The North American representative of this family (closely related to armadillos)
was a clumsy, heavily armored animal whose body and upper limbs were protected
by an immense, turtlelike carapace covered with horny scales. Having a six-foot-long
carapace and weighing about a ton, this animal could not have been very balletic!
Despite their size, glyptodons thrived in the tropical and subtropical regions
of Florida, South Carolina, and Texas. Glyptotherium texanum is sometimes
viewed as so highly specialized in its adaptations that local populations
could have been wiped out easily by climate change or humans. However, in
South and Central America related species of glyptodons seem to have been
successful in a wide variety of habitats -- that is, until about 10,000-11,000
years ago when all remaining species disappeared. There is no evidence that
glyptodons were hunted by humans.
See also: Gillette, D. D., and C. E. Ray, 1981. Glyptodants of North America. Smithsom Contr. Paleobiol. 40:1-255.
Closely related to glyptodons, pampatheres were smaller and less
heavily armored. Still, they were massive: the adult Holmesina was
six feet long and weighed in excess of 500 pounds. Although pamaptheres
most likely fed on plant material for the most part, they may
have supplemented their diets with insects and other kinds of
prey, as do the living nine-banded armadillos (Dasypus novemcinctus).
Holmesina septentrionalis seems to have made its last appearance
about 10,000 years ago. No associations with humans are known.
also: Edmond, G., 1985. The fossil giant armadillos of North America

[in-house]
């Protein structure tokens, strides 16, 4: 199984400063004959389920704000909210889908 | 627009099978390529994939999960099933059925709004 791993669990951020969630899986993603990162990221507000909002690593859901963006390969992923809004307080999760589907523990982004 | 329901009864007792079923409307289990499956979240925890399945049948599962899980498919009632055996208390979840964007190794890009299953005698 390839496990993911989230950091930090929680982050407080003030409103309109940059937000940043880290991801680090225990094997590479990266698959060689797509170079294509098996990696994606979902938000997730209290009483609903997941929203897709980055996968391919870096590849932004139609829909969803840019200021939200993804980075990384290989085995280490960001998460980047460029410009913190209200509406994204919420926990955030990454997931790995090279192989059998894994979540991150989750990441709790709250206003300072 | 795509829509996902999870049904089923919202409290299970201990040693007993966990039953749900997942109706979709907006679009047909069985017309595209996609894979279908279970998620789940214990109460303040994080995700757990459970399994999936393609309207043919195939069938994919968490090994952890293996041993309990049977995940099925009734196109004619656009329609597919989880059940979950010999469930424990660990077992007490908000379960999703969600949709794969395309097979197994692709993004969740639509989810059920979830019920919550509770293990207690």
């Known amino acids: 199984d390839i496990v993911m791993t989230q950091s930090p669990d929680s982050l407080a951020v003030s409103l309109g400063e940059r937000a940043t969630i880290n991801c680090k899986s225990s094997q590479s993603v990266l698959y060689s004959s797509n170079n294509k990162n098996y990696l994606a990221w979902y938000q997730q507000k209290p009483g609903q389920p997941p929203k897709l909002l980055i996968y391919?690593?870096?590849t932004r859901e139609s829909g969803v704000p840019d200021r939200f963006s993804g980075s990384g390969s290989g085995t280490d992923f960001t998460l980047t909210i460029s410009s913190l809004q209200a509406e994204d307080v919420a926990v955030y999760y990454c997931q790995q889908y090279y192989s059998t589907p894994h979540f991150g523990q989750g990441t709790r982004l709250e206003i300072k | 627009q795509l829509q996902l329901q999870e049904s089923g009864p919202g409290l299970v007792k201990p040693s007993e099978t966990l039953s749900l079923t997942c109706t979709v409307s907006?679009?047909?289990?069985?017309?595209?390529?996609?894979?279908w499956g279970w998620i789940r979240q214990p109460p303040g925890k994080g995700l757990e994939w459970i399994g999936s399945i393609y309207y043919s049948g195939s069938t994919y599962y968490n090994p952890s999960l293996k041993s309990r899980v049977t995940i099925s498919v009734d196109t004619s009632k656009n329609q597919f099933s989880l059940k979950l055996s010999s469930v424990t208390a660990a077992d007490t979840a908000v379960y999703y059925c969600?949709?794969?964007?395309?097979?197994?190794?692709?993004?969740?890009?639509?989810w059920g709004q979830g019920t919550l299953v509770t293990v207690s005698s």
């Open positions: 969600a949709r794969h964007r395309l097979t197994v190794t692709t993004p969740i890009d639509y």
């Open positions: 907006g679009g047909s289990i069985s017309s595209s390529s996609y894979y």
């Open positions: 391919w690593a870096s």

(Pampatheriinae, Xenarthra = Edentata). In G. Montgomery (ed.), The Evolution
and Ecology of Amadillos, Sloths, and Vermilnguas, pp. 83-93. Smithsonian
Institution Press: Washington, DC.
| Megalonychid sloths were once widely distributed in the New World, including
the West Indies; one still survives in the forest of South America (the "ai,"
or two-toed sloth, Choloepus). They varied greatly in size, from giants
that weighed nearly a ton to species only slightly larger than the living one
(about 10 lb). The Puerto Rican sloth, at roughly 30 pounds, shows arboreal
adaptations, suggesting it was tree-dwelling (even though it is often referred
to as a "ground" sloth). Sloths survived on some West Indian islands
until about 3,000 - 4,000 years ago. Although there have been reports of sloth
bones associated with evidence of human presence, there is no indication that
the sloths were hunted.
Pleistocene sloth fur is known from several sites in the American West.
A piece of sloth skin (of Mylodon sp.) from the site of Ultima Esperanza
in Patagonia is on display at the AMNH!
See also: White, J. L., 1993. Functional and phylogenetic implications of the postcranial skeleton of fossil sloths for the evolution of arboreality in tree sloths. Unpubl. PhD diss., State Univ. New York, Stony Brook.
Although it was the smallest of the North American "ground"
sloths, Nothrotheriops shastensis was seven- to eight-feet long
and weighed between 300 and 400 pounds. It had a small head, long
neck, prehensile lips, and walked on its knuckles with its toes
partly flexed. Thanks to the discovery of several well-preserved
specimens -- some even with skin and hair preserved -- we know
something of its external appearance. Fecal remains from the famous
Rampart Cave in Arizona indicate that it was completely herbivorous.
The range of the Shasta ground sloth stretched the length of North
America, from southern Alberta to northern Mexico. Other members
of this family were widespread in South America. All species of
megatheriids had disappeared by 10,000 - 11,000 years ago, according
to available dates.
Be sure to see a mounted specimen (the real thing!) of this species
at the AMNH!
See also: McDonald, H. G., 1985. The Shasta ground sloth Nothrotheriops shastensis (Xenarthra, Megatheriidae) in the Middle Plesitocene of Florida. In G. Montgomery (ed.), The Evolution and Ecology of Amadillos, Sloths, and Vermilnguas, pp. 95-104. Smithsonian Institution Press: Washington, DC.